But Brazil's wish list makes clear why such reforms won't happen, given President Bush's priorities. Soybeans are Missouri, Iowa and Arkansas, among other Republican-voting states. Beef is Kansas, the Dakotas and the Solid South. Oranges are Florida. Open markets for oranges would allow Brazil's abundant and efficient citrus production to devastate Florida. Karl Rove would not permit it; neither would Florida's governor, brother Jeb. Whatever gets said by the US Trade Representative, whatever declarations are issued at Cancún, count on this: There will be no agriculture deal for developing nations, not one that is real, not one that can even be whispered about, at least until long after the 2004 election.
The Doha Round is supposed to conclude in early 2005, but Bhagwati predicts it will be postponed two years and possibly longer. Cancún, he suggests, "will just be smoke and mirrors, just another guidepost in the marathon. They will have good speeches, goody-goody stuff. They will make noises in the direction of the developing countries, but this is not the place where they will be negotiating anything. This is why I'm a bit worried."
III. The Odd Couple
China is the new "bad boy" of the global economy, having displaced Japan as the aggressive emblem of a trading system ferociously out of balance. China's low-wage production is not only grabbing vast market share from other poor countries in low-end goods, but its increasing sophistication in advanced manufacturing is siphoning off millions of high-wage, high-quality jobs from advanced economies, especially that of the compliant United States. China's annual trade surplus with the United States has surpassed Japan's and now exceeds $100 billion. The US economy, meanwhile, is borrowing capital from abroad to sustain its consumption with an unsustainable appetite for debt--5 percent of GDP this year, headed for 6 percent next year.
Leading US cheerleaders for freewheeling globalization (including Federal Reserve Chairman Alan Greenspan) have begun scolding China for excessive ambitions, just as they once criticized Japan, to no avail. The National Association of Manufacturers issued a report warning that 2.3 million US manufacturing jobs have disappeared since 2000, largely due to international competition (not entirely from China). The United States risks losing "critical mass" in manufacturing, says the NAM. A Defense Department technology-advisory group confirmed that so much "intellectual capital and industrial capability" has been moved offshore, particularly in microelectronics, that the Pentagon is dangerously dependent on foreign producers to make its high-tech weaponry. Fortune lamented further that the lost American jobs now include upscale, college-educated occupations--software design, accounting, electrical engineering. When labor leaders protested devastating losses of blue-collar jobs, they were dismissed as protectionist. But losing high-tech "brain work" wasn't what the cheerleaders had in mind.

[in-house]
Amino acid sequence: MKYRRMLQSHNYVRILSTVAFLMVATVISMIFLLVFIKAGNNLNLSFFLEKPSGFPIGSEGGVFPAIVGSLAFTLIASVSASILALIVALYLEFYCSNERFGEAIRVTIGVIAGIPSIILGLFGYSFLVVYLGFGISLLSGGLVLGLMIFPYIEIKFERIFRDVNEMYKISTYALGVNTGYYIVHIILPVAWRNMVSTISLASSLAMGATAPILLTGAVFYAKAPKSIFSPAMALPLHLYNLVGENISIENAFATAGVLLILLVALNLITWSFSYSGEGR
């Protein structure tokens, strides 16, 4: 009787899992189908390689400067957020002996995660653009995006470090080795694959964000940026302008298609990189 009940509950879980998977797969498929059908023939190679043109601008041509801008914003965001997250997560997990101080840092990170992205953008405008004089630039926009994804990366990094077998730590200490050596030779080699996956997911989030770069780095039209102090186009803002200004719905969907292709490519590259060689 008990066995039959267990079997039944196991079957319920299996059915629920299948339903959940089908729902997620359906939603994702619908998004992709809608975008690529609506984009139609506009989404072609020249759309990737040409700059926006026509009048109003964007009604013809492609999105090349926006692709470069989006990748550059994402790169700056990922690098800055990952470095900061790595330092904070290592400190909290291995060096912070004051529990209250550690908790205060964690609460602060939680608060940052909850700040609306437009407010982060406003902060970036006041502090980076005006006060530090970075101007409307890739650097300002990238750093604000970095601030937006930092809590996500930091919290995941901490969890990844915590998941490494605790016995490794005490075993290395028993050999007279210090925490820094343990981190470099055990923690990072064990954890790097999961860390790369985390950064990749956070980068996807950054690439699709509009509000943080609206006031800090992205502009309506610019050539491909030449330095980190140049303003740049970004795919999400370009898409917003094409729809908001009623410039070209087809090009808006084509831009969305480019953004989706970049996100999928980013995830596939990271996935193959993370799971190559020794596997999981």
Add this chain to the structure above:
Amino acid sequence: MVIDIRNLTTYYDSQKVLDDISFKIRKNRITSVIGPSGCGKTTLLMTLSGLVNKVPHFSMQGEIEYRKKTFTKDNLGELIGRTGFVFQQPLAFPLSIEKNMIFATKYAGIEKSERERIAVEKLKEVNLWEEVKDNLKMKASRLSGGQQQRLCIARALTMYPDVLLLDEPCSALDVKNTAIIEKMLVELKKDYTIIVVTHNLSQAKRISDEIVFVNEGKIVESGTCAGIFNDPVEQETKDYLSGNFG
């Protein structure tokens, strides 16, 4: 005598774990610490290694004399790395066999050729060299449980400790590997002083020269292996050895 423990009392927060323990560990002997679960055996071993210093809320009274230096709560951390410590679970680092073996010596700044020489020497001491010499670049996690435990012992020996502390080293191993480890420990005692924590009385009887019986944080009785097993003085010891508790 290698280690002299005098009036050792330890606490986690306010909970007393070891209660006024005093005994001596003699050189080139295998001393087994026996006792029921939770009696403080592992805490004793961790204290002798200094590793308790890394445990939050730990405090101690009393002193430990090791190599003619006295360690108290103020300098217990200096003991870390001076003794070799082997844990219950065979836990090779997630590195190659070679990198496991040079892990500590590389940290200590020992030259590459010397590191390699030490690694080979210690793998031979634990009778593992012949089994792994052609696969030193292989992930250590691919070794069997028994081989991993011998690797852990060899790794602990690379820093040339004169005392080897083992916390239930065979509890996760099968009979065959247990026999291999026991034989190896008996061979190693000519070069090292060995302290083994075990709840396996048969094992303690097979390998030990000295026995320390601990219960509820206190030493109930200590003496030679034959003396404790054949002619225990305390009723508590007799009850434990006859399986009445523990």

There is one other embarrassing reality the globalizers don't wish to mention: China is also now America's leading creditor. Building up huge reserves of surplus capital, China pumps much of the money into loans back to America in the form of US Treasury bonds. China now holds $290 billion in US government debt, more than any other foreign lender, according to Chen Zhao of the Bank Credit Analyst Research Group. "The flow of Chinese savings has enabled Americans to borrow and spend more," he explained in the Financial Times. "China is glad to see Americans going on another shopping spree. Its factories are cranking up production at an unprecedented pace.... China's exports to the U.S. jumped 35 percent in the first quarter" compared with the first quarter of 2002.
China and America are thus bound together in a very odd relationship--the poor country lends hundreds of billions to the world's largest economy so that affluent Americans can keep buying the poor country's goods--goods typically produced in the offshore factories built by America's own companies. If this seems a monstrous anomaly, it is actually the logical outcome of how US-led globalization functions. This recycling of capital and goods didn't start with China, though China represents the most extreme example. Elite experts claim it is a "virtuous circle" in which everyone benefits, but that is American hubris. Their reasoning ignores the essential transaction: China winds up with the accumulated profits. The United States winds up with the accumulated debt.